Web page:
What the stamp duty cuts mean for buyers

What the stamp duty cuts mean for buyers hero

The level at which the tax kicks in has been doubled to £250,000 for home movers and £425,000 for first-time buyers.

The level at which stamp duty kicks in has doubled, saving some home buyers thousands of pounds.

Chancellor Kwasi Kwarteng announced that the tax would not be charged on the first £250,000 of a property purchase for people moving home, up from the current level of £125,000.

To help people get on to the property ladder, no stamp duty will be paid on the first £425,000 of a property worth up to £625,000 bought by first-time buyers.

In the previous scheme, first time buyers were not charged stamp duty on the first £300,000 of a home costing up to £500,000.

Kwarteng said: “Cuts to stamp duty will get the housing market moving and support first-time buyers to put down roots.”

The changes came into force from midnight on Friday 23 September and will be permanent.

The new threshold only applies in England and Northern Ireland, as Scotland and Wales set their own property transaction taxes.

 

Our take on the stamp duty cuts

Based on the value of homes across England and Wales, it’s likely 8 million homes - 31% - will be taken out of stamp duty.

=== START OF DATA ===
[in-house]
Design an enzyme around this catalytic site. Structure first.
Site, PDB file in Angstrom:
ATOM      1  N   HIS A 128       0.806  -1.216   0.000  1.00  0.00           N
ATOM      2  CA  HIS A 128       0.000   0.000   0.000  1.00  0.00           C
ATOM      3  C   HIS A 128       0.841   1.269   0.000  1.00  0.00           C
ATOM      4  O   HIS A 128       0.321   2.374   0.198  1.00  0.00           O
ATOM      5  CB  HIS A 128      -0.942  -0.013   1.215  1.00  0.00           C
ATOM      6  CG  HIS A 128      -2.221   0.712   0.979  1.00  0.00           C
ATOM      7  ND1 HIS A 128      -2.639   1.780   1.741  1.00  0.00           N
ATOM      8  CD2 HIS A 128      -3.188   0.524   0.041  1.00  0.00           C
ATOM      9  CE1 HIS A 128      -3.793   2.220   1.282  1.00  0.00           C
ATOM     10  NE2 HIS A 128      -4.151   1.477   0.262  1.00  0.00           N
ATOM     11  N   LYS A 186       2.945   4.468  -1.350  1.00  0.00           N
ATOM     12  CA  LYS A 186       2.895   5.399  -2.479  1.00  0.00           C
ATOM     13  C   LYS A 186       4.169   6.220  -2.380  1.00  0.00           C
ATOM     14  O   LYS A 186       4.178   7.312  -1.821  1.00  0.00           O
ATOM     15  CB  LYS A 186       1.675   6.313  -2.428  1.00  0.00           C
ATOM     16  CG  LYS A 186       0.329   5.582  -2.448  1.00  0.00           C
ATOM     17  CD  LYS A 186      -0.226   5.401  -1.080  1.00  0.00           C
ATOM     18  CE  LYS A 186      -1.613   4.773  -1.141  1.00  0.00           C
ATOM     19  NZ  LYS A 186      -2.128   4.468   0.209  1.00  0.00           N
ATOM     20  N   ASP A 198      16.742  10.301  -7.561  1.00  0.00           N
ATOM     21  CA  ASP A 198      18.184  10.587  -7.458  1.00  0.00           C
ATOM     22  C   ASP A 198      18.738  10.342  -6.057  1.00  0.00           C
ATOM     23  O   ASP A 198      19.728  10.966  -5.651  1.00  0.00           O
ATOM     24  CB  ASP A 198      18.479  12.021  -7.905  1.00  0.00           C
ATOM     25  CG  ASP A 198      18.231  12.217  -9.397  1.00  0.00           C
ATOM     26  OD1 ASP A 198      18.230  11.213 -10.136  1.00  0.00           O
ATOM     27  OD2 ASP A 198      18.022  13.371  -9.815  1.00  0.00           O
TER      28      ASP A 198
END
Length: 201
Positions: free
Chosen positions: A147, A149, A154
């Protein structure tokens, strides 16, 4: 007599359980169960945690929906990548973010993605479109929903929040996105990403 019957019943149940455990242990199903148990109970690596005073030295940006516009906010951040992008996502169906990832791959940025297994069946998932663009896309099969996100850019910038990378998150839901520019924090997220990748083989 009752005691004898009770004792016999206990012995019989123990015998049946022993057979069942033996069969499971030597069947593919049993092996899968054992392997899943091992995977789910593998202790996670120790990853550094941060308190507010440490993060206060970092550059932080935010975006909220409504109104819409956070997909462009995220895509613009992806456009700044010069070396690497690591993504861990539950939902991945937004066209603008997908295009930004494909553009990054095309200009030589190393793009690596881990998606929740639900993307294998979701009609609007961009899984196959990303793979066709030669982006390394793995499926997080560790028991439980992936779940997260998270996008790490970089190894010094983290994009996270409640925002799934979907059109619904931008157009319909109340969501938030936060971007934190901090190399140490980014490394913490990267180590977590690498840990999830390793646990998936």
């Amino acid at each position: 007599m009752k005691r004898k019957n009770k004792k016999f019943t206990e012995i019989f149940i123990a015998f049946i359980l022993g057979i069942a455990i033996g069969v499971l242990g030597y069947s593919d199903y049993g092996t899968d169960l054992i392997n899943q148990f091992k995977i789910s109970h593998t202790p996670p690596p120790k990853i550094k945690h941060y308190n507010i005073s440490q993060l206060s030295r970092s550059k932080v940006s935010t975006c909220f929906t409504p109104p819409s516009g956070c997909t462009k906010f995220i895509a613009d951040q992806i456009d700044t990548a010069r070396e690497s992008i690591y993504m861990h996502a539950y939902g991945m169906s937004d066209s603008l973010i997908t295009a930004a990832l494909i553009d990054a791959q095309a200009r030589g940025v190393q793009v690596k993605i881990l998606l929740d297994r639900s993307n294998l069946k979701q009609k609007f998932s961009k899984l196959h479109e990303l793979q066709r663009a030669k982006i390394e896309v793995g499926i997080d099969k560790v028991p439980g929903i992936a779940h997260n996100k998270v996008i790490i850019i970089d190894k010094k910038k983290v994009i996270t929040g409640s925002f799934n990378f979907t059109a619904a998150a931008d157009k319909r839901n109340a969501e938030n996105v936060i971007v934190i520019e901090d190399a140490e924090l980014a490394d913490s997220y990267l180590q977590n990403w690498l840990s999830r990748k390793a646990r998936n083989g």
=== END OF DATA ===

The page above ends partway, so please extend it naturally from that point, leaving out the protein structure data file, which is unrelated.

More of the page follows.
It’s great news for the lower end of the housing market, including first time buyers and those with a budget of up to £250,000. 

And areas where house price growth is already strongest, as values rise quickly off a low base, will benefit – places like Oldham, Wigan and Nottingham.

But the changes are unlikely to help buyers of homes worth £250,000 to £925,000 who pay the higher 5% rate. This band has grown by 10% in the last year and includes 13.6 million homes. 

“We welcome today’s changes to stamp duty, which will significantly reduce barriers for first time buyers and support those at the lower end of the market. 

“However, the reforms do little to reduce the burden for those at the middle to upper price bands, which account for almost half of all property sales.